9 of 11 people found the following review helpful
4.0 out of 5 stars An Englishman in the Soho, 3 Sep 2002
This is the book that made Quentin Crisp famous (and infamous) and that gave him the title of England's Stately Homo. Quentin was an out homosexual even before the word 'out' was coined, and this is an ironic, and most of the times sarcastic, auto-biography on being a notorious effeminate man in the pre-70 "victorian" London days. Quentin's self-derogatory humour is, of course, only a way of criticising everyone and everything around him and getting away with it. In a Wilde kind of way this is a very very funny book, full of quotable material.
Help other customers find the most helpful reviews 
Was this review helpful to you? Yes No


1 of 1 people found the following review helpful
4.0 out of 5 stars Keyne Readers' Review, 7 Sep 2010
By 
C. E. King - See all my reviews
(REAL NAME)   
The autobiographical sketch by Quentin Crisp was selected by our Book Group because at first glance it seemed an unexpected and amusing look on life and a book that we had heard about through the author's notoriety in the media ( in the 1960s and later ) and about which we felt we would like to form our own opinions. The resulting opinions tended, sadly, to be somewhat negative. The narrative was considered repetitive, chronologically confusing and in general a dismal and depressing tale. One reader described it as a strange mix of pride in his sexuality and self loathing. However some readers did feel Crisp's story was more one of courage against the odds, and that the tone was lifted with his many quips and quirky insights. Perhaps Crisp's skills as an entertainer, turning humiliating incidents into droll stories, had been enhanced over the years as he `sang for his supper' in the bars of Soho?

It was argued that Crisp had good reasons for offering muddled chronology and failing to mention the names of his acquaintances because his homosexual lifestyle had been illegal and specifics could have compromised his friends and supporters. It was also argued that it was an important text because it was published immediately after the Decriminalization of Male Homosexuality Act went through parliament in 1967 and represented a `scream from Soho' telling just how it had felt to be a person who could not feel remotely safe anywhere but in a few streets in Central London. Crisp arguably writes `a survivor account' that is still worth reading, whatever its failings are in organisation and precision, because it represents the life of one forced to be a social fugitive - an outcast - banished from ordinary life, mobbed even in the metropolis, just because he dyed his hair and wore high heels. At the same time Crisp celebrates the few people who gave him work, lodging, and friendship so that there is a positive thread running through the general wail of daily woe. At least we learned that `the naked civil servant' of the title derived from the fact that Crisp became an artists' model at Saint Martin's School of Art (which is located on the edge of Soho) and was therefore someone paid from government funds to pose in the nude.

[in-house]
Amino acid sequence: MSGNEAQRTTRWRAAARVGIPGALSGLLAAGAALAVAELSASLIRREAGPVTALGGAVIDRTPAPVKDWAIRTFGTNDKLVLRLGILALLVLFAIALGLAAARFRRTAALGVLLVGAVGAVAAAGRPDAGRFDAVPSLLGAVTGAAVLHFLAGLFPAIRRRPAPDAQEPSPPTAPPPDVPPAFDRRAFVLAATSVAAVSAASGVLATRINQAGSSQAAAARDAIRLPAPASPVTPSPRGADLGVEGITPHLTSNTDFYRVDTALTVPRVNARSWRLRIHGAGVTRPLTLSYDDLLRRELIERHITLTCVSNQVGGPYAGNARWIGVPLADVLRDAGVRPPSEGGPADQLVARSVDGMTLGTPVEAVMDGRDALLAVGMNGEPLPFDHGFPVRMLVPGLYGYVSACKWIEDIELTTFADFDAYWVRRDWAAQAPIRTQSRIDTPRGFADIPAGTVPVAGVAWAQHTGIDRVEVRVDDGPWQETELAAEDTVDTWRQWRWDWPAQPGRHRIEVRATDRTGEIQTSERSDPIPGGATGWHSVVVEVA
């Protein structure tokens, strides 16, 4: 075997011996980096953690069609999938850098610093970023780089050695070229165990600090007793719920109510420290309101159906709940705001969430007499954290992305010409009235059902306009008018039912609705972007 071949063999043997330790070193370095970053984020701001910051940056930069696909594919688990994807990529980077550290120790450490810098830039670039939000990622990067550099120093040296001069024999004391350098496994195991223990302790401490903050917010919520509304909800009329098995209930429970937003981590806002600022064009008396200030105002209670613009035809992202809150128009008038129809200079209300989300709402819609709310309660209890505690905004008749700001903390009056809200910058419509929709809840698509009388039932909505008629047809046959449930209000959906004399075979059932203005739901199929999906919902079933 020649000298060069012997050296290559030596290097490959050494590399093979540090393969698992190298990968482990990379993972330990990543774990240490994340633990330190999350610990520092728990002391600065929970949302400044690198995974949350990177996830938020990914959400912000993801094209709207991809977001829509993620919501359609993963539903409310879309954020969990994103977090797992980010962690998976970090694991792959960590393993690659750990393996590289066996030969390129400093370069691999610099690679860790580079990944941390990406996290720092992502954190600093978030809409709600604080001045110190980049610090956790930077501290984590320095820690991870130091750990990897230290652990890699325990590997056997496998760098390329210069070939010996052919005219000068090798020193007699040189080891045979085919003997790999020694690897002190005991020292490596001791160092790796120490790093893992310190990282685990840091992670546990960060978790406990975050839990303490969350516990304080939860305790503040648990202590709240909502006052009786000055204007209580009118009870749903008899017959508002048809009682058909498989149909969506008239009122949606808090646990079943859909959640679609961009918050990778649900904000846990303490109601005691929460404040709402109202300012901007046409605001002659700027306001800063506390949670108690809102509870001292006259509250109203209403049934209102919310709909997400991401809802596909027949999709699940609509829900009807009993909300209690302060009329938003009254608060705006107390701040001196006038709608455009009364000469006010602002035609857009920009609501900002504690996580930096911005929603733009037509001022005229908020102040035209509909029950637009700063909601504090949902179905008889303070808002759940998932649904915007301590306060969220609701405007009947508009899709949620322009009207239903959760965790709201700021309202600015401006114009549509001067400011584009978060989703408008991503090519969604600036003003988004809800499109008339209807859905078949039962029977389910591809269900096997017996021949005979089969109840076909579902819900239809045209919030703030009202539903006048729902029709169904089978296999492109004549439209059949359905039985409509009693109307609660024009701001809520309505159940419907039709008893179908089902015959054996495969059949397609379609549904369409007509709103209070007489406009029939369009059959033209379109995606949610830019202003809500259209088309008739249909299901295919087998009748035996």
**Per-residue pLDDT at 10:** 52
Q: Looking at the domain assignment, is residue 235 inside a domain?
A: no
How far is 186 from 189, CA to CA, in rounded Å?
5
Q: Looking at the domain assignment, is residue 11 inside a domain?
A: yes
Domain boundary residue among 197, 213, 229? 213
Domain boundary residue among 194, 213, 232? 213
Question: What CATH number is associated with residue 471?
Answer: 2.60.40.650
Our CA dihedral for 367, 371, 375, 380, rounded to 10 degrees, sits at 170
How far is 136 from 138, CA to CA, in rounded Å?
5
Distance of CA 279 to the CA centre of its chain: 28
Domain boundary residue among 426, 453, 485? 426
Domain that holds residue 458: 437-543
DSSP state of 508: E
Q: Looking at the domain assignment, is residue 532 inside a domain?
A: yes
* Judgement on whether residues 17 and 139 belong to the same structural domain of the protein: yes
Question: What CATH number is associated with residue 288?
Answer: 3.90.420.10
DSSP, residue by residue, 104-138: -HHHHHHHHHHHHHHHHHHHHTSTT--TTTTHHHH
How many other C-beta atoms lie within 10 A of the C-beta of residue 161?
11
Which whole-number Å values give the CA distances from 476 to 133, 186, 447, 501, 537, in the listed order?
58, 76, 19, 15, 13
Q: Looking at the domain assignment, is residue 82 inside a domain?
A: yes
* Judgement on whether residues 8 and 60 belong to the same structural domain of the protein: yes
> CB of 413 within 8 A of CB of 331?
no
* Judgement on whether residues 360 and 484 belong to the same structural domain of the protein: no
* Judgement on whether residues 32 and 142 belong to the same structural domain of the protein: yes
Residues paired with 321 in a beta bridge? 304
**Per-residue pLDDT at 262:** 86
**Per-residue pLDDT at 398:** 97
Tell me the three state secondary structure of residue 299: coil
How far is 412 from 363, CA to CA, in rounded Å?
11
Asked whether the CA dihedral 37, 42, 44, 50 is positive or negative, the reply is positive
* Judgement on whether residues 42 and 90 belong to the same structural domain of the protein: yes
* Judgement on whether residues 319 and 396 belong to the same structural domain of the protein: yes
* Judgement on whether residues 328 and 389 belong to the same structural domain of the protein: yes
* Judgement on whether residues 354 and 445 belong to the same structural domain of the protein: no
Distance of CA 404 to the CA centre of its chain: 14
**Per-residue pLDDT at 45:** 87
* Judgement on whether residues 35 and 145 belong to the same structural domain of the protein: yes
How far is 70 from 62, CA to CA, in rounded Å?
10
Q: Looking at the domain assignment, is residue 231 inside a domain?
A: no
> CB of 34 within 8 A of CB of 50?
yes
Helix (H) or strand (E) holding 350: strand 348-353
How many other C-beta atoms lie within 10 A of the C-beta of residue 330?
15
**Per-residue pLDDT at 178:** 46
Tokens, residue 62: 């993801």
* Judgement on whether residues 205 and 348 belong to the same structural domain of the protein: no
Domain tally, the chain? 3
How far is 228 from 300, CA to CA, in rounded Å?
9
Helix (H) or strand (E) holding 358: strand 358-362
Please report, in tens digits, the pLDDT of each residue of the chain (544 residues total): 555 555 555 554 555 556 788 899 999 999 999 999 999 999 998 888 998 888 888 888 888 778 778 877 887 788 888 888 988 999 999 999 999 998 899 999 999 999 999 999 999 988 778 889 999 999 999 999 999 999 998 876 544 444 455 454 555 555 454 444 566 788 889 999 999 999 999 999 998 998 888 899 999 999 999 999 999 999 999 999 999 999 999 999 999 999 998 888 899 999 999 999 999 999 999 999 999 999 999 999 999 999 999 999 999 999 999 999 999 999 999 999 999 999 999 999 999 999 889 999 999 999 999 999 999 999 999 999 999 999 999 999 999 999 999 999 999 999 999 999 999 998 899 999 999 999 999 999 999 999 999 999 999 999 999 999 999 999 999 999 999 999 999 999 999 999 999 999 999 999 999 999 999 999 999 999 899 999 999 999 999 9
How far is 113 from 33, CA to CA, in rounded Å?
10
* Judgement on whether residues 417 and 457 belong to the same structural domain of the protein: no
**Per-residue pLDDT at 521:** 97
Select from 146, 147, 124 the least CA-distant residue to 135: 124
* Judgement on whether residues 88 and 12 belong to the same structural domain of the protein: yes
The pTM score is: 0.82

Keyne Readers
Help other customers find the most helpful reviews 
Was this review helpful to you? Yes No


4 of 5 people found the following review helpful
3.0 out of 5 stars A piece of gay history, 2 Sep 2009
By 
Crisp is obviously eloquent and I found the book easy to read and entertaining, though turgid in places. His cynicism and view of the homosexuals lot in life was depressing; he seemed to speak in an authoratative manner based only on opinion and his perception of the world around him. I found him a depressing and rather unpleasant character - however, I also thought him incredibly brave and stong-willed. To have made a conscious decision to live his life the way he wanted to all those years ago, to have faced such hatred, aggression and rejection suggests an amazing strength of character and determination to be. As a character I found little to like, as a human being I was full of admiration.
Help other customers find the most helpful reviews 
Was this review helpful to you? Yes No


5.0 out of 5 stars Good read, 21 Jan 2014
Verified Purchase(What is this?)
I have seen the film years ago so decided to buy the book thinking there's always more details & info in a book, nope. Film is better.
Help other customers find the most helpful reviews 
Was this review helpful to you? Yes No


5.0 out of 5 stars Great !, 6 Nov 2013
Verified Purchase(What is this?)
I love this book mainly because Crisp's use of English is so refreshingly humorous.
He had a difficult start but his self deprecating, sardonic humour got him through.
Help other customers find the most helpful reviews 
Was this review helpful to you? Yes No


4.0 out of 5 stars The book is in excellent condition, 16 Oct 2013
Verified Purchase(What is this?)
This review is from: The Naked Civil Servant [Stranger Than ...] (Paperback)
Have been meaning to read this book for years. Received it on Monday & have nearly read it. Quentin Crisp was obviously a very complex person who was born at the wrong time. He writes as he spoke
Help other customers find the most helpful reviews 
Was this review helpful to you? Yes No


5.0 out of 5 stars A great read!!!, 10 April 2013
Verified Purchase(What is this?)
In the middle of it and can't put it down!!! An interesting insite into the 'old days' and being Gay.People's attitudes never cease to amaze me!
Help other customers find the most helpful reviews 
Was this review helpful to you? Yes No


‹ Previous | 1 2 | Next ›
Most Helpful First | Newest First

This product

The Naked Civil Servant [Stranger Than ...]
The Naked Civil Servant [Stranger Than ...] by Quentin Crisp (Paperback - 15 Dec 2006)
Used & New from: £0.01
Add to wishlist See buying options
Only search this product's reviews